Science 3 min read

New Semiconductor Material for Organic Electronics Developed

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Dan74 /

Semiconductor materials are used in microchips, transistors, light-emitting diodes, and other components that form the foundation of modern-day electronics.

Engineers are always after the perfect semiconductor material to pave the way for the new generation of organic electronics, free of silicon semiconductors.

After the discovery of graphene, this two-dimensional wonder material, a lot of what seemed out of reach engineering-wise became theoretically possible.

But graphene, a semimetal, is not a semiconductor because it lacks an electronic band gap.

There’s however a new class of materials, called carbon nitrides, that resemble graphene in that they’re also a form of carbon, but with semiconducting properties.

Toward Organic Electronics: 2D Organic Semiconductor Material

A team of researchers from Humboldt-Universität and the Helmholtz-Zentrum Berlin in Germany has introduced a new material in the carbon-nitride family, and which might claim the title of the first organic semiconductor material.

Called Triazine-based Graphitic Carbon Nitride (TGCN), this 2D semiconductor made of carbon and nitrogen atoms, has an unusual semiconducting property that makes it a good candidate for applications in optoelectronics and organic electronics.

Similar to graphene, TGCN has a two-dimensional hexagonal honeycomb structure, but unlike graphene, however, it has a band gap of 1.7 electron volts and “the conductivity in the direction perpendicular to its 2D planes is 65 times higher than along the planes themselves.”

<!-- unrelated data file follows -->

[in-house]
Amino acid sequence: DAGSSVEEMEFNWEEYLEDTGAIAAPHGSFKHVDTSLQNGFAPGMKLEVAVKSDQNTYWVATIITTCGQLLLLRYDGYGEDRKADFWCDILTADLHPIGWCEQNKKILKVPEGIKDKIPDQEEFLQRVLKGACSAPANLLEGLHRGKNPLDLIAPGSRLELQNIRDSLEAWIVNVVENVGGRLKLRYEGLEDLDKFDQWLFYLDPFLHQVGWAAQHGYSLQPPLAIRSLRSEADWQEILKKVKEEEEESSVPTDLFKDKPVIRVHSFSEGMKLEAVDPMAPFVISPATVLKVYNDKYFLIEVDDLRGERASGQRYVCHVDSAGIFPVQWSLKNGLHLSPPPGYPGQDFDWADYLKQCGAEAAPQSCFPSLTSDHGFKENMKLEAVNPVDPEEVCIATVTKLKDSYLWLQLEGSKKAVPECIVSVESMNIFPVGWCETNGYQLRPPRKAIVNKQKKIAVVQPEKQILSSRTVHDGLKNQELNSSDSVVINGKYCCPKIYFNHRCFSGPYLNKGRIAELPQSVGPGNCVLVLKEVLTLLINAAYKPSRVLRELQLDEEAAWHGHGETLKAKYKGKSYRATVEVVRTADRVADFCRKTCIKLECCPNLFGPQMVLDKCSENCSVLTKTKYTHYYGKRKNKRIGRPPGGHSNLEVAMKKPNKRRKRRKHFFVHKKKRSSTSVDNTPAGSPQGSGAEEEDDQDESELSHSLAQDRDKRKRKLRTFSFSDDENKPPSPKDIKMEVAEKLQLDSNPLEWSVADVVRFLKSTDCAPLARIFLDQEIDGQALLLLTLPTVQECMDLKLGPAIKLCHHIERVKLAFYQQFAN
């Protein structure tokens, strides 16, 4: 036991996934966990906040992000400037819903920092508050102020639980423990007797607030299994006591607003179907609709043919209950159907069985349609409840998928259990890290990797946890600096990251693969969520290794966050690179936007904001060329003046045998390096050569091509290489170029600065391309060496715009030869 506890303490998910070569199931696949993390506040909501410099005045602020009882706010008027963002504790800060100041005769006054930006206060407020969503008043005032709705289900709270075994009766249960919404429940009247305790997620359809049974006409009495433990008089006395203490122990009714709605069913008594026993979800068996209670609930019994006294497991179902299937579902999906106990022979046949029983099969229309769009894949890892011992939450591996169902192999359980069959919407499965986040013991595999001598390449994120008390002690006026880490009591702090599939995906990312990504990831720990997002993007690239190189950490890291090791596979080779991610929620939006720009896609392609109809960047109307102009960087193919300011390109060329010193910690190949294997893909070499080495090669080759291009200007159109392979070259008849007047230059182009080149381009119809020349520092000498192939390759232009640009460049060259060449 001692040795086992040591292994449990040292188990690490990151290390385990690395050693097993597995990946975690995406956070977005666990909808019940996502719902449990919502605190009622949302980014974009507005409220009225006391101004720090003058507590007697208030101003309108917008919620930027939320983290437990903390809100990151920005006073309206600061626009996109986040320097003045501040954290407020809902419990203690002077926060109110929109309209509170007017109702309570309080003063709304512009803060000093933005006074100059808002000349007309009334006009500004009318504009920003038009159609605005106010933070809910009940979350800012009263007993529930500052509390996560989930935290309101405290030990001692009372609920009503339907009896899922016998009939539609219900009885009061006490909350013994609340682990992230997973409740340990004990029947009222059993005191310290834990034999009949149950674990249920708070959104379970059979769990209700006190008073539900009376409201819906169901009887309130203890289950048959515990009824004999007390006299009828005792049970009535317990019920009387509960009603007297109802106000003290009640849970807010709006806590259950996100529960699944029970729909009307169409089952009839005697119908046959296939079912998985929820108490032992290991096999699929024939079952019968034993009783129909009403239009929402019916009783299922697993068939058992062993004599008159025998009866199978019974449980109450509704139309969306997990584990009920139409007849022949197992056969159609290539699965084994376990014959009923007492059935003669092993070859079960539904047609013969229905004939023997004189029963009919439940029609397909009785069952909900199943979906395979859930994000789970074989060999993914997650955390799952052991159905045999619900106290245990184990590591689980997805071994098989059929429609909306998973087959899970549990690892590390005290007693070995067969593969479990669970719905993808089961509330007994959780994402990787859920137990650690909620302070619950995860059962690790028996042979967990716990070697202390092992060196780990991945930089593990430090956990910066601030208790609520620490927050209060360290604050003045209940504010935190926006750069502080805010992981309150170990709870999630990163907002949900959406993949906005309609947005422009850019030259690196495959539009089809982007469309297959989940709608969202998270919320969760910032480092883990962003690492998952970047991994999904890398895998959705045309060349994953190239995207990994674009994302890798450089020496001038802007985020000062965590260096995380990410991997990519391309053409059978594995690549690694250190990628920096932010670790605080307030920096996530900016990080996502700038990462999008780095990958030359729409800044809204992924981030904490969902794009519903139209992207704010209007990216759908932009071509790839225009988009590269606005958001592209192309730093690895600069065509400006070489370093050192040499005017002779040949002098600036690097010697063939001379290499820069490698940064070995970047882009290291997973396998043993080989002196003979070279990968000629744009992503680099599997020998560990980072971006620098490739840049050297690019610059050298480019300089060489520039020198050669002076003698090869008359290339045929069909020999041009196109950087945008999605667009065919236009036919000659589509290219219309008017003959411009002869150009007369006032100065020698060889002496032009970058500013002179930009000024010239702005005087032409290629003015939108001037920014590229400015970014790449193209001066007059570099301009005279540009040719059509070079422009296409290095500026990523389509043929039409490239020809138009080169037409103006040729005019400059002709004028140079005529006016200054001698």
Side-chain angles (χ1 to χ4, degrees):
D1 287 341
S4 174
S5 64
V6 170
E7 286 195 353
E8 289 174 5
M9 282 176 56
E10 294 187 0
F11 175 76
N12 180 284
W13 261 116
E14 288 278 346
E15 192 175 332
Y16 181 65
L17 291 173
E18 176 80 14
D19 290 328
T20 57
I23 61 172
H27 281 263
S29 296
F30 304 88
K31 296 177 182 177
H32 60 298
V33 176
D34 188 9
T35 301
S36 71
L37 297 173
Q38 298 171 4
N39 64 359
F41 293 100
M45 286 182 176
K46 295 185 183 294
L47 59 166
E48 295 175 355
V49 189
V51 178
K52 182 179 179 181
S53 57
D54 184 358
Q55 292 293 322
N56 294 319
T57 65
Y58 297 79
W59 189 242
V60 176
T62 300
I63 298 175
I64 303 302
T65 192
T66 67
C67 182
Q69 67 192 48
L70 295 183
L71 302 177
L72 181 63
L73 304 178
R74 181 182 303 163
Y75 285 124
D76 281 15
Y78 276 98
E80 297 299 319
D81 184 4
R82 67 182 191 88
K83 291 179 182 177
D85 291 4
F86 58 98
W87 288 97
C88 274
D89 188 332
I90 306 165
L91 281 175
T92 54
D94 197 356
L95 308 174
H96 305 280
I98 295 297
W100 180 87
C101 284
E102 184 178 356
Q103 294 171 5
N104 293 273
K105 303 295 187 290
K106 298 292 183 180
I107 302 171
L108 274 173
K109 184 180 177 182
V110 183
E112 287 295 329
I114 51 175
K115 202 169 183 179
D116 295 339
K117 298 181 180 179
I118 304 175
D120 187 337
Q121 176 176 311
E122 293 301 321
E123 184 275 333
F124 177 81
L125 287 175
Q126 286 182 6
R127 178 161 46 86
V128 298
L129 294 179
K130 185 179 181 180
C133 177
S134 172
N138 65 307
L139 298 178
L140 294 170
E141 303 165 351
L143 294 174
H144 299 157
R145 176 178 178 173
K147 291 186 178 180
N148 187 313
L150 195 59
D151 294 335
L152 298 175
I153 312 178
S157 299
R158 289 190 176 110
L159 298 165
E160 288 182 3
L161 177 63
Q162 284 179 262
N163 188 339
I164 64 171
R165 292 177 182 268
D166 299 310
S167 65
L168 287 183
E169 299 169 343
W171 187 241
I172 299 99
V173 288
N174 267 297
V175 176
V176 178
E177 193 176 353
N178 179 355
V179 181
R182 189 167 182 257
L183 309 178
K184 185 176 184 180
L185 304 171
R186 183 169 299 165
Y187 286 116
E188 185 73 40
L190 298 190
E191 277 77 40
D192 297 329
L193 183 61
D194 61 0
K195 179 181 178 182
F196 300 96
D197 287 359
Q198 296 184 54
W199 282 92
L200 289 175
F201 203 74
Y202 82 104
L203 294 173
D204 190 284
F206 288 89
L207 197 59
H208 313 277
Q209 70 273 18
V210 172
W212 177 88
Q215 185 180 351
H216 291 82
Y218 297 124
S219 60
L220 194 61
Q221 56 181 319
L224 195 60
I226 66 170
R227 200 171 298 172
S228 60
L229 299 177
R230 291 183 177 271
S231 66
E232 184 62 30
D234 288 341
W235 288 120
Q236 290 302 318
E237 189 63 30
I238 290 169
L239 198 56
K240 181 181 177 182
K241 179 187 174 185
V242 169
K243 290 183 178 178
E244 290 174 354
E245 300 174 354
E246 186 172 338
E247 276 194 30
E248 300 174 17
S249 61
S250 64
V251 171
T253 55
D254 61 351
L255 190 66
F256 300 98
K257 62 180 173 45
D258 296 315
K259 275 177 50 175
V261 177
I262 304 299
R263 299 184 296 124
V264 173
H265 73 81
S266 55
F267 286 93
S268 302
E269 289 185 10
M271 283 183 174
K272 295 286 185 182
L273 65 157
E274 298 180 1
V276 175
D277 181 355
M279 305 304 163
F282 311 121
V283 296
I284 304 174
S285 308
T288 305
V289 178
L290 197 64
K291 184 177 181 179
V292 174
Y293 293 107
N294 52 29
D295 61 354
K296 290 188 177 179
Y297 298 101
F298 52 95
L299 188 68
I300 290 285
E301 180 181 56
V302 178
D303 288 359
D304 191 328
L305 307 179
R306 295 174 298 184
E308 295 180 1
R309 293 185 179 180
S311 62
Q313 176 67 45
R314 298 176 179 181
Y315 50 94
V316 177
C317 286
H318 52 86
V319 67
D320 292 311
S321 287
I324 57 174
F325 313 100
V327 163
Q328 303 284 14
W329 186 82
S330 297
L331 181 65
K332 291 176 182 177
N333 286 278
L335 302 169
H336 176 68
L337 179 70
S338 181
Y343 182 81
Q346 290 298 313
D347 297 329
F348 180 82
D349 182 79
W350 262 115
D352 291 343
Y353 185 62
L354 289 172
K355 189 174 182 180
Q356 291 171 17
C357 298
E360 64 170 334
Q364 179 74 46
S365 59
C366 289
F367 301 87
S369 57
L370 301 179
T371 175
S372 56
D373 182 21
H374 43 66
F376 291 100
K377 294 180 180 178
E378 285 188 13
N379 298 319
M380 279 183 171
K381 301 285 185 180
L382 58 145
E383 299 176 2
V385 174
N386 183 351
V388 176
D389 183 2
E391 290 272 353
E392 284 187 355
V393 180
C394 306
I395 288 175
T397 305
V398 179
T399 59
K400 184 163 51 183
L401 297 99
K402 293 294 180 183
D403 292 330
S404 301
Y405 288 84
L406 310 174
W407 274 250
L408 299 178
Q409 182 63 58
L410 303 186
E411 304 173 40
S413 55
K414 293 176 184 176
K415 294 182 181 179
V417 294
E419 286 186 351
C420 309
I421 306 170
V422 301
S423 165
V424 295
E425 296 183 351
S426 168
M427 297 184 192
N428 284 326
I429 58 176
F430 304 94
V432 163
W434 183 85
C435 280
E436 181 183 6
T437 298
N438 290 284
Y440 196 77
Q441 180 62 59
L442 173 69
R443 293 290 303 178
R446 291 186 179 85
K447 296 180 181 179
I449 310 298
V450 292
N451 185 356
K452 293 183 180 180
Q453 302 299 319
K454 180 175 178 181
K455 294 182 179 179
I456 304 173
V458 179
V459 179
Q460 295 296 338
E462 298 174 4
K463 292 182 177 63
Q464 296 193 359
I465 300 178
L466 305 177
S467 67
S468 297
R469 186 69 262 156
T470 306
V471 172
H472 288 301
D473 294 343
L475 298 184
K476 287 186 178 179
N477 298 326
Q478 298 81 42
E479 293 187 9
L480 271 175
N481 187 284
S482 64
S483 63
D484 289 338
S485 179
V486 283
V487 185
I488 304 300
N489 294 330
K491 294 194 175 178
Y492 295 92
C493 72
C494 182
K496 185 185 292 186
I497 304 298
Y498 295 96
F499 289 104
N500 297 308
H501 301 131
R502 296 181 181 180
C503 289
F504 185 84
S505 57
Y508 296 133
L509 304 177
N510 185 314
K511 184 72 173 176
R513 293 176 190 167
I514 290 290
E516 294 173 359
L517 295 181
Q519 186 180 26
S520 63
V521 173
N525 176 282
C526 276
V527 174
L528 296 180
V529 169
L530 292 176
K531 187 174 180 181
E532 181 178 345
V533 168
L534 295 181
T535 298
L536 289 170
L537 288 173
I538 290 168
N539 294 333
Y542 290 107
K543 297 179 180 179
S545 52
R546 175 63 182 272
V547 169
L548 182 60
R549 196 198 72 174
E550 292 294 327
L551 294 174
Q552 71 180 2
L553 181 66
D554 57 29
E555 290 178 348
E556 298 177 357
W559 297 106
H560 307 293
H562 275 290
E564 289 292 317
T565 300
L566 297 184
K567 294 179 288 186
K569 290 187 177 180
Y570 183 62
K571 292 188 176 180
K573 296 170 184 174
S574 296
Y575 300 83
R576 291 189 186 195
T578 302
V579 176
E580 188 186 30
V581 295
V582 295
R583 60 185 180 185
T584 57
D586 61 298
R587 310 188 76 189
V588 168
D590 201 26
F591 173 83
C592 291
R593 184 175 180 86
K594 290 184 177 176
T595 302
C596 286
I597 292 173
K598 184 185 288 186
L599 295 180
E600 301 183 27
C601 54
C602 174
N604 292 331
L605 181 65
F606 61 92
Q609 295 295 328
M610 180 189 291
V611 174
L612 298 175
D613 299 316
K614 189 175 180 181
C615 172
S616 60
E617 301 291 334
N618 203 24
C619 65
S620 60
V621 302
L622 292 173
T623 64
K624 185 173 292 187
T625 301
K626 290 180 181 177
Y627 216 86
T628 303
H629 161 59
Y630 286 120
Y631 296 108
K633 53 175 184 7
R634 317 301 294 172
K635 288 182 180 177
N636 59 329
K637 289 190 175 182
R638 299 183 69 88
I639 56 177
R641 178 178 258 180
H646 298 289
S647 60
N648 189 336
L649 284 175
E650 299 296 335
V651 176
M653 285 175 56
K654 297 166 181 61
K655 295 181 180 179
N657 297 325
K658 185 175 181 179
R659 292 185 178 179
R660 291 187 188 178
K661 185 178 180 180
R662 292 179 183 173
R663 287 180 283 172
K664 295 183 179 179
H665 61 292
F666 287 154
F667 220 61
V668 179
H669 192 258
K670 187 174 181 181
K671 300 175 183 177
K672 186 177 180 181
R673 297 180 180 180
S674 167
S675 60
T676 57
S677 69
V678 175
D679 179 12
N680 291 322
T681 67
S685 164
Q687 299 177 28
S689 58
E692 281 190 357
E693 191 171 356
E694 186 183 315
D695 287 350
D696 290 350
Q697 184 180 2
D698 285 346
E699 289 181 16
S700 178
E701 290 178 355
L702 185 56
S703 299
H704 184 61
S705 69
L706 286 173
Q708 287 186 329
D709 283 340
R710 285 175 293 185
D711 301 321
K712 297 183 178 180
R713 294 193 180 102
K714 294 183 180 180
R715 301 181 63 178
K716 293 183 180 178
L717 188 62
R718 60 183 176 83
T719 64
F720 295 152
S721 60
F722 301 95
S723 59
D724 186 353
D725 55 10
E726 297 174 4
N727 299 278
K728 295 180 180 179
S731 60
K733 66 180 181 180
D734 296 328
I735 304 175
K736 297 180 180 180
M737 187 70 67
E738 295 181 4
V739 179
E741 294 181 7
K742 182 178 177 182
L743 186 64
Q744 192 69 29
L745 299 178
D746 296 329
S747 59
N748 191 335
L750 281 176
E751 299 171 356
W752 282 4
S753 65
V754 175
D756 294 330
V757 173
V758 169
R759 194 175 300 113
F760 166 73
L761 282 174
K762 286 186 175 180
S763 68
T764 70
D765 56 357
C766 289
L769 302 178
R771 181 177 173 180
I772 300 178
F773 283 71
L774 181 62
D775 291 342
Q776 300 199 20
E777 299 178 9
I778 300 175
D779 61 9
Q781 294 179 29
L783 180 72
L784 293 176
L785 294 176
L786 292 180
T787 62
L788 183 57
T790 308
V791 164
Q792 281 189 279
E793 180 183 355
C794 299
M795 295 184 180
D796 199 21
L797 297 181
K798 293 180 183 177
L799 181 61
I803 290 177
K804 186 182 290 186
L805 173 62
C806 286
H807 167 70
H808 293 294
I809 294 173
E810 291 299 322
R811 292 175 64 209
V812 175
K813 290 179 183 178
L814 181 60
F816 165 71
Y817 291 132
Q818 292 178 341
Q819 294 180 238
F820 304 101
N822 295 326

This is opposite to graphene that while exhibit an excellent planar conductivity, has a very poor perpendicular conductivity.

In laser experiments, researchers used time-resolved absorption measurements in the femtosecond-nanosecond range to find out how charge carriers travel through TGCN. They found that instead of moving through the material horizontally, charge carriers move diagonally from a hexagon of triazine to the next in the neighboring plane.

This may explain why the perpendicular conductivity in TGCN is higher than that of the planes. But researchers still don’t understand why these readings came higher by a factor of 65.

Team leader Dr. Michael J. Bojdys, a chemist at Humboldt University Berlin, explains why TGCN would meet the demand for sustainable and efficient semiconductor materials.

“TGCN is the best candidate so far for replacing common inorganic semiconductors like silicon and their crucial dopants, some of which are rare elements. The fabrication process we developed in my group at Humboldt-Universität, produces flat layers of semiconducting TGCN on an insulating quartz substrate. This facilitates upscaling and simple fabrication of electronic devices.”

Read More: How Microbially Grown Materials Became the Future of Electronics

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Zayan Guedim

Trilingual poet, investigative journalist, and novelist. Zed loves tackling the big existential questions and all-things quantum.

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